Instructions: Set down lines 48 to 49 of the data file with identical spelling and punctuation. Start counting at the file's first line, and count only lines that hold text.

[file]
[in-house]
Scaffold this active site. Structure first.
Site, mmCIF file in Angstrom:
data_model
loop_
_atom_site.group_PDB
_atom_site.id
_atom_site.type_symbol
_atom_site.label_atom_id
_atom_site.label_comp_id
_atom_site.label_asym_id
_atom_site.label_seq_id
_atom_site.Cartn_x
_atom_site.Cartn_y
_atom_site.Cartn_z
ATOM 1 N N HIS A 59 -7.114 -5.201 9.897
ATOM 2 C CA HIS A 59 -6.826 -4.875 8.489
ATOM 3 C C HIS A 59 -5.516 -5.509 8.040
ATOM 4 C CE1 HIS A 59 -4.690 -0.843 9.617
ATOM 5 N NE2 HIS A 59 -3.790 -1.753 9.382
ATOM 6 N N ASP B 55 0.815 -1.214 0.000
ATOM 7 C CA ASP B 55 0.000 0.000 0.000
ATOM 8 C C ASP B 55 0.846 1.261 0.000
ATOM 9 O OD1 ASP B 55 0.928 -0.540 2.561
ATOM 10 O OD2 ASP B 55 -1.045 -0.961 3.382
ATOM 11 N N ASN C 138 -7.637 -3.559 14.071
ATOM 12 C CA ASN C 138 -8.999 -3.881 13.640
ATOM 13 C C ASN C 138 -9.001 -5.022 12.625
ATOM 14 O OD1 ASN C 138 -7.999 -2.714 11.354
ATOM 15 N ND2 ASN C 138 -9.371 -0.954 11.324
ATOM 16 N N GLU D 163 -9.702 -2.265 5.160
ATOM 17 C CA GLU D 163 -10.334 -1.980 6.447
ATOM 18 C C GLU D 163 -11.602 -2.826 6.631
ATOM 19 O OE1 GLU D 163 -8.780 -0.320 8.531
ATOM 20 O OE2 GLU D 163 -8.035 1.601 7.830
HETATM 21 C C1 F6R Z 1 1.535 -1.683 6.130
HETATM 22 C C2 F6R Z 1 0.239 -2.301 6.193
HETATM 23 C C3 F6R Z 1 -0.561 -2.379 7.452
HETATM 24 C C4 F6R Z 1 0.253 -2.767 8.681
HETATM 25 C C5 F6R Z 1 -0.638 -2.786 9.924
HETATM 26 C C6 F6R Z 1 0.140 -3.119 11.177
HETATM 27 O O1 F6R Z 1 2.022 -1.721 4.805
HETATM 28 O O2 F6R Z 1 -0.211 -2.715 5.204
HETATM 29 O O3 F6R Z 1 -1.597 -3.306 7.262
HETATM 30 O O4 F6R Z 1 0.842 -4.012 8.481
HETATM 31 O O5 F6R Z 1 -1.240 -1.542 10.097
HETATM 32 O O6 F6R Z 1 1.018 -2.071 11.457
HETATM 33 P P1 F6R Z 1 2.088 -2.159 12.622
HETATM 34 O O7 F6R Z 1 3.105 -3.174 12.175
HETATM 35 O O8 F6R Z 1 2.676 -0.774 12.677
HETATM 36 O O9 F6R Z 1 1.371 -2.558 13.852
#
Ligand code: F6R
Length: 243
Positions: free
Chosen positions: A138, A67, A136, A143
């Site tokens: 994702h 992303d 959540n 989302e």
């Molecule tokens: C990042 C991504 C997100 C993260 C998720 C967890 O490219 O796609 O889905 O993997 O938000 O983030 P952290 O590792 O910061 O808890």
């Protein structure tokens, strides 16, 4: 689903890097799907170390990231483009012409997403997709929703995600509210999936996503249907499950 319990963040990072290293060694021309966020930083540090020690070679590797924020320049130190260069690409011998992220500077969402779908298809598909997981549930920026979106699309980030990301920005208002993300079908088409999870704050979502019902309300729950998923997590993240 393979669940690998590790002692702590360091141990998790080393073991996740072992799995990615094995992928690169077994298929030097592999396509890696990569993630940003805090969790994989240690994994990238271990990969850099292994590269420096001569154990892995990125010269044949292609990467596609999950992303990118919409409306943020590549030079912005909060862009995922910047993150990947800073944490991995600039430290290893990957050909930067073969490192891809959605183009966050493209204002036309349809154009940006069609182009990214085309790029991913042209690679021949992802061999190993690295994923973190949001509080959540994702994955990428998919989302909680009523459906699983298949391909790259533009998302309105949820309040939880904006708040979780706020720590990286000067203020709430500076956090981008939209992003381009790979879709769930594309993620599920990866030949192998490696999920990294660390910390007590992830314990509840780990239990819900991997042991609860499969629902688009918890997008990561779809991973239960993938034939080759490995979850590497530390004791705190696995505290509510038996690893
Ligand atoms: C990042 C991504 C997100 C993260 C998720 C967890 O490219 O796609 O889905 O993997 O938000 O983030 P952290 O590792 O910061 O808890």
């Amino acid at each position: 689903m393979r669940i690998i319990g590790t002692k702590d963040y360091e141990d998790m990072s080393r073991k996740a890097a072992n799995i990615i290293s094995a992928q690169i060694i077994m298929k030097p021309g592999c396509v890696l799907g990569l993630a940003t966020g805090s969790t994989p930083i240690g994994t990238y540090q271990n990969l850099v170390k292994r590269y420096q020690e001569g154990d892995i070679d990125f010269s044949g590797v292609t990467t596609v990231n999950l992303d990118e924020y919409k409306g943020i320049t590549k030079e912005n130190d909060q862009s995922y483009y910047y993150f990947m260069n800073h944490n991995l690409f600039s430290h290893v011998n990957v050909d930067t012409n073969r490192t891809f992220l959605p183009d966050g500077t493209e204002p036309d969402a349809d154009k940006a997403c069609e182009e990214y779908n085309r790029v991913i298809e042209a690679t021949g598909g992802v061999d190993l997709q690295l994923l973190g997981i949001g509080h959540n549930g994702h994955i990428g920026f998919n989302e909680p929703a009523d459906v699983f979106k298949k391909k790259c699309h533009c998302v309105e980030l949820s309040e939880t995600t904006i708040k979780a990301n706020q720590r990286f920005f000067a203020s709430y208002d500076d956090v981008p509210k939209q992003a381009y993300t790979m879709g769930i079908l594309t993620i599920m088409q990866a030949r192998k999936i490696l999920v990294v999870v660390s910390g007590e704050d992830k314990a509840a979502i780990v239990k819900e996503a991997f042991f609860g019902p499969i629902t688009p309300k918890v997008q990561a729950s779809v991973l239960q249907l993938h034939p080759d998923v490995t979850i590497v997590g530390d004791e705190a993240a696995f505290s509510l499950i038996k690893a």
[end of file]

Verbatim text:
HETATM 33 P P1 F6R Z 1 2.088 -2.159 12.622
HETATM 34 O O7 F6R Z 1 3.105 -3.174 12.175